The discussion about MOOCs and their impact on higher education has changed dramatically in the last couple of years. The fear and foreboding that accompanied MOOCs’ explosive debut has dissipated. It seems that the MOOC storm has passed.

Much of that hype was predicated on the expectation that these new free courses were going to replace traditionally delivered higher education and reduce the price of pursuing degrees. There was also a belief that these courses would undermine or “unbundle” the traditional courseload and curriculum at colleges and universities. In an article in the New York Times proclaiming 2012 “The Year of the MOOC,” Anant Agarwal, CEO of edX, predicted: “a year from now, campuses will give credit for people with edX certificates.” It hasn’t turned out that way.

But even as the media’s and as higher education’s attention on MOOCs has faded, the phenomenon has not. The Coursera website lists “14.2 million Courserians” as I write this. Coursera reports that it is adding approximately 500,000 new students per month. Other MOOC providers like edX and Udacity also continue to grow dramatically.

So what does it mean that both of these things are true: that the MOOC phenomenon continues (even though attention on it has not) and that universities have not been radically impacted? One answer could be that not enough time has passed. That is surely true. But another possible answer, and the one I would like to introduce here, is that these developments are happening in different markets that are currently well insulated from one another.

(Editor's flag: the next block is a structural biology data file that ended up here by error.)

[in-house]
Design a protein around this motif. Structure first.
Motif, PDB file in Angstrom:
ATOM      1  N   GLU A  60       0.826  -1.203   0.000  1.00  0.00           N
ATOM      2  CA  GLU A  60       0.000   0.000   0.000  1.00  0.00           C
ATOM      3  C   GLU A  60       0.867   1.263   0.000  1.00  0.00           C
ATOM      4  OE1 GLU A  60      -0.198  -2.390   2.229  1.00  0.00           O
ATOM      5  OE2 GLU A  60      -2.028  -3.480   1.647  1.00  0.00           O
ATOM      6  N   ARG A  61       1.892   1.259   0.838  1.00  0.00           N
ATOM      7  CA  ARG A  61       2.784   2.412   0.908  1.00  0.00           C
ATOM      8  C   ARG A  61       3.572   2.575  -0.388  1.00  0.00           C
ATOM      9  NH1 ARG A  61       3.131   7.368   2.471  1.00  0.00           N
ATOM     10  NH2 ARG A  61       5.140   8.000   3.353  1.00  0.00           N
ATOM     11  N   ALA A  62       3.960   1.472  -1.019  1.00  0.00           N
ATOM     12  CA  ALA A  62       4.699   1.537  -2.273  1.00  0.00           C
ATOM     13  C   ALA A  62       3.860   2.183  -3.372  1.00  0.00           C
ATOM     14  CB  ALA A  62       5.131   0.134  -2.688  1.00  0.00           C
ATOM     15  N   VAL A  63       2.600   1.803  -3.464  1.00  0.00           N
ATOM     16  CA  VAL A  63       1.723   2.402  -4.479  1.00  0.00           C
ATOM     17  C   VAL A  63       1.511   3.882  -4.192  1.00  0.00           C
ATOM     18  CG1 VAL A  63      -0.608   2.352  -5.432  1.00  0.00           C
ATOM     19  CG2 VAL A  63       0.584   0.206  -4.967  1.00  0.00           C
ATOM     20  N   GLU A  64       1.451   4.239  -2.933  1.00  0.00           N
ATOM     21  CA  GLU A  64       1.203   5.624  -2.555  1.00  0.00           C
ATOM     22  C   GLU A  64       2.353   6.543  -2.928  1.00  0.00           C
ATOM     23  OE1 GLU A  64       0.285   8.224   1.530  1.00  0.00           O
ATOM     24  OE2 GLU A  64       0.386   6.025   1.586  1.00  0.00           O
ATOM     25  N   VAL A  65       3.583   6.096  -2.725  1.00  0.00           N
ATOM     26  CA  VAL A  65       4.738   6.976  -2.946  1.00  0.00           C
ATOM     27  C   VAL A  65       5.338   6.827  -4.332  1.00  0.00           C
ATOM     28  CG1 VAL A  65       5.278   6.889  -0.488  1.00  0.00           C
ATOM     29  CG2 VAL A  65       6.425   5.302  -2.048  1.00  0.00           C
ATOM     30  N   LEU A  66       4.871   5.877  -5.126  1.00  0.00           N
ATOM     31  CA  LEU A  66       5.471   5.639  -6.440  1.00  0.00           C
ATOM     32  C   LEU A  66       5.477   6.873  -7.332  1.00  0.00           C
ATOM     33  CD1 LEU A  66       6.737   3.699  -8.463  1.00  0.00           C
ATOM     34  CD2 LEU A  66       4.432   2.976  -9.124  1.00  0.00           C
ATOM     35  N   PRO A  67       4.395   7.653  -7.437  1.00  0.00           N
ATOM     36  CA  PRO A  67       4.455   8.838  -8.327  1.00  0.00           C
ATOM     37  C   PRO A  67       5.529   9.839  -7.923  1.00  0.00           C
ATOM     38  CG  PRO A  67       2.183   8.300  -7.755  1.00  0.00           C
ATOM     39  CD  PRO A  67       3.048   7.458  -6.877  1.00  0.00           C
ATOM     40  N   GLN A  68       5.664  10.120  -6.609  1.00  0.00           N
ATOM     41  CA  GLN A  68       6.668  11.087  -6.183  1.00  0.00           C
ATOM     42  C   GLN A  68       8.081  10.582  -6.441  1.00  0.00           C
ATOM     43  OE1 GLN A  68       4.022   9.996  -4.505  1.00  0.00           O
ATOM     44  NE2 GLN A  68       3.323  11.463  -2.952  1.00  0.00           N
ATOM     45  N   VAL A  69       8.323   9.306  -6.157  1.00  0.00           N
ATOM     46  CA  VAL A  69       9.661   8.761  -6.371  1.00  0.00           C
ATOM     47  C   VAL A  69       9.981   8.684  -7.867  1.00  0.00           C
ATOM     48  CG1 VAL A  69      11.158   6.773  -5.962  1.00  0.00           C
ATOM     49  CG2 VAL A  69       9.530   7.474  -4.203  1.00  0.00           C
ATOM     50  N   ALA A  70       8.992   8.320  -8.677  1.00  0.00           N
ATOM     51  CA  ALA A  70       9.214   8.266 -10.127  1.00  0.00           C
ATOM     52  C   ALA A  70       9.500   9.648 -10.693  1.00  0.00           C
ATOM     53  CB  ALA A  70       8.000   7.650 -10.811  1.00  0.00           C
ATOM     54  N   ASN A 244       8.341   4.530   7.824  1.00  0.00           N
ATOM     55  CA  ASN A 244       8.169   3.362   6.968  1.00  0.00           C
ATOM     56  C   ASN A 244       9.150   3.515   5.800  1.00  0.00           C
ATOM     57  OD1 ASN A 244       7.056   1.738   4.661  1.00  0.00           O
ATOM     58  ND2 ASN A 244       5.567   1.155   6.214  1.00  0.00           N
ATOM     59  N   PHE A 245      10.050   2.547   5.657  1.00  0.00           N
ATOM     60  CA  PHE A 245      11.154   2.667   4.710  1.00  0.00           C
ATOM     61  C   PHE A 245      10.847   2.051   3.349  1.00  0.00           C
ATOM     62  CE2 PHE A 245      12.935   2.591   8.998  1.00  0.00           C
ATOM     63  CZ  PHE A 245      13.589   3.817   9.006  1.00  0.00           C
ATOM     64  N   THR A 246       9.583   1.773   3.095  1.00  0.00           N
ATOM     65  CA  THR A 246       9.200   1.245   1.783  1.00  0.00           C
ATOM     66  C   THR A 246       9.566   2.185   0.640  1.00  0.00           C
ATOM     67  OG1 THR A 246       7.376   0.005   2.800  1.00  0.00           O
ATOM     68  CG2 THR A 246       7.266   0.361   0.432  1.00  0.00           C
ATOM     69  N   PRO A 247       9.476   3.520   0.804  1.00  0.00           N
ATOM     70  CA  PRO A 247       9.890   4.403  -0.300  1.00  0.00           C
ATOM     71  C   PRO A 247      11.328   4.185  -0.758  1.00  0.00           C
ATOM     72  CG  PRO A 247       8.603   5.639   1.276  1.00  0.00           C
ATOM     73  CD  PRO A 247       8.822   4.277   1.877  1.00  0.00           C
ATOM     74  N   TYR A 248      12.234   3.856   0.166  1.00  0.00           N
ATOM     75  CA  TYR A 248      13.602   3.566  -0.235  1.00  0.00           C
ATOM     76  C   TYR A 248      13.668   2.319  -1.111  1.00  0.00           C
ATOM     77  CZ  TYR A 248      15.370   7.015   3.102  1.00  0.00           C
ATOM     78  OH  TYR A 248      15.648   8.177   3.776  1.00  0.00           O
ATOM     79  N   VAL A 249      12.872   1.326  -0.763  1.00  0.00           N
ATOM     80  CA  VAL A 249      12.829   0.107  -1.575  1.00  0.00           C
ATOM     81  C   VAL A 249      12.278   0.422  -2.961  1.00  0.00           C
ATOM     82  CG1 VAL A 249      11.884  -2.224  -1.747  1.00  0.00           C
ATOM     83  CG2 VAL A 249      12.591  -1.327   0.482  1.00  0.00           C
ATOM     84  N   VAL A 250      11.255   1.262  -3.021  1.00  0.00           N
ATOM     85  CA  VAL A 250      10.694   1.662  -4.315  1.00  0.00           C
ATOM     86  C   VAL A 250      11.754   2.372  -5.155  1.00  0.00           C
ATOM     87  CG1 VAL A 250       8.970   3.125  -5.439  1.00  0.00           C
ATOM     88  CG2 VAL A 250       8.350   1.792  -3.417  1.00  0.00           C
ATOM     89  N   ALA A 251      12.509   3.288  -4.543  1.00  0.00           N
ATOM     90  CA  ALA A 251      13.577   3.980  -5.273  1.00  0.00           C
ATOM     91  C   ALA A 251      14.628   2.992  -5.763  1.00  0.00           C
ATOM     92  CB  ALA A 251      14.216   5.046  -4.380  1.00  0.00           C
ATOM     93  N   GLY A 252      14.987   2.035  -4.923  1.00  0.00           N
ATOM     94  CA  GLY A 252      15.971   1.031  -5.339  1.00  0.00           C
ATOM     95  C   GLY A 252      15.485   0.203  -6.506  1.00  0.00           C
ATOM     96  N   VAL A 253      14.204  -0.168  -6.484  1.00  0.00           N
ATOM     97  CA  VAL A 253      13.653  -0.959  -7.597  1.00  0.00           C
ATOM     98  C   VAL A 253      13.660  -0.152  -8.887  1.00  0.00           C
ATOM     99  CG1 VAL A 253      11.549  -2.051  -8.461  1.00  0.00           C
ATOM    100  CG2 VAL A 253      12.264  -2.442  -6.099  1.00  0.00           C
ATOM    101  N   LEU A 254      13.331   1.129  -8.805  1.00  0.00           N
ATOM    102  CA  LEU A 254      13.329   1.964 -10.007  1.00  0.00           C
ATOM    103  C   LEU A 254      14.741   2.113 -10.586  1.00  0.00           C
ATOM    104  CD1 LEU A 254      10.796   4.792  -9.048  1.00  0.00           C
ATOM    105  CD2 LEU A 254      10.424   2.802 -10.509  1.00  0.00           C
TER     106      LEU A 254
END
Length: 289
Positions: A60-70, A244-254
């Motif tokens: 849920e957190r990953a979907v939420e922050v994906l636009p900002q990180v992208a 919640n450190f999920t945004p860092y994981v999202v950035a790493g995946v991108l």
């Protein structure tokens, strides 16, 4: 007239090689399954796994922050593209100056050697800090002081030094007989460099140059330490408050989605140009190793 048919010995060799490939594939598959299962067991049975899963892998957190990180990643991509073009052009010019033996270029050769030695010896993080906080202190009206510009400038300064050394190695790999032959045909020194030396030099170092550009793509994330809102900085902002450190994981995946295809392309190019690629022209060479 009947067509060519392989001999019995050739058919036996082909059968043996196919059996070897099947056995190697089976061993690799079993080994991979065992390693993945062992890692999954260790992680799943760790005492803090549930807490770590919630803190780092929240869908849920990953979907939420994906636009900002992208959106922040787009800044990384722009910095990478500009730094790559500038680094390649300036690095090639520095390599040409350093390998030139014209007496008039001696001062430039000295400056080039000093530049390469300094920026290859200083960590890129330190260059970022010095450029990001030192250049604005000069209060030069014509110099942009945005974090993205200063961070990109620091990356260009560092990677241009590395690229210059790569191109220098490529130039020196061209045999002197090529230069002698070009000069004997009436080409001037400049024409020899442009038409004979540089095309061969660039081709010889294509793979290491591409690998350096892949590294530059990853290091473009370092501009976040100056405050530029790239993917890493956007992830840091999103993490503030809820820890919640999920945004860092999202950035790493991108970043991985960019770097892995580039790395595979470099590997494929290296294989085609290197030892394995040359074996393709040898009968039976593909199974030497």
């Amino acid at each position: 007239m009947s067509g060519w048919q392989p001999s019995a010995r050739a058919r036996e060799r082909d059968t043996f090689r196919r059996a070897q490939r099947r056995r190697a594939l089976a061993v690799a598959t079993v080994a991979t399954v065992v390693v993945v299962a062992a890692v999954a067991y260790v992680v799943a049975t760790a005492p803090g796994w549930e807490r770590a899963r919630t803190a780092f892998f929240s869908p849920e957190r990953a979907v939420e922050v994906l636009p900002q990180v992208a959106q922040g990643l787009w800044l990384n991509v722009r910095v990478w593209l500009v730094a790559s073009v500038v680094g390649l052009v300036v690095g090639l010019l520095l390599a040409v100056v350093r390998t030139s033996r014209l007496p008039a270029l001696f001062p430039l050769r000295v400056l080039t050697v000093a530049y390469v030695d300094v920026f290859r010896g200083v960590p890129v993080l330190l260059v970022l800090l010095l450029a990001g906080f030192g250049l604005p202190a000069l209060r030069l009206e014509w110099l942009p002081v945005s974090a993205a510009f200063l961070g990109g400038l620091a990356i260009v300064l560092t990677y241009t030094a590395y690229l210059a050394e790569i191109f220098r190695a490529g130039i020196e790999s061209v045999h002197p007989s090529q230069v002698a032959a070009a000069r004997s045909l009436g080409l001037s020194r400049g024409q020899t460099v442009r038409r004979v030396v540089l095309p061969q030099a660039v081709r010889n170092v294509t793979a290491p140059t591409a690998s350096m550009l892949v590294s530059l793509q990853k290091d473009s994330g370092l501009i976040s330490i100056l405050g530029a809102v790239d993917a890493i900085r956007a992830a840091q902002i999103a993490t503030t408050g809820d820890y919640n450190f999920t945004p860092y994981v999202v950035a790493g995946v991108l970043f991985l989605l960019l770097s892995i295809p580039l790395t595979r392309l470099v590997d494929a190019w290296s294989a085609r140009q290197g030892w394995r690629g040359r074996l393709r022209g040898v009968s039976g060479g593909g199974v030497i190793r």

First, let me define a market in its most simple sense, as an environment where some people provide a service and some consume that service. There is supply and demand. For the MOOCs, the providers are typically faculty members, often associated with a university (but not always), providing instruction and associated tools to individual learners connected to the Internet from anywhere in the world.  So the prototypical MOOC is what is often called in the web-economy a business-to-consumer offering. Of course, universities providing instruction face-to-face also operate in a business-to-consumer marketplace, with their faculty creating courses to be offered to enrolled students. In the electronic domain, universities are also providing instruction through MOOC platforms to dispersed individual learners. But universities are also – at least potentially – consumers of MOOCs (or, more likely, of modular components of MOOCs) in what would then be a business-to-business offering. In that scenario, universities would use courses or course components created elsewhere to help teach registered students more effectively and/or less expensively.

These very different marketplaces are depicted in the diagram below.

If you think about the overall environment associated with MOOCs in these four quadrants, some distinctions emerge. First, much of the attention to-date has been focused on the supply side. Professors love the idea of being the instructor for thousands or hundreds of thousands of students. And institutions, by joining Coursera or edX, have rushed to become the providers of courses used by students all over the world. This is the left side of the diagram.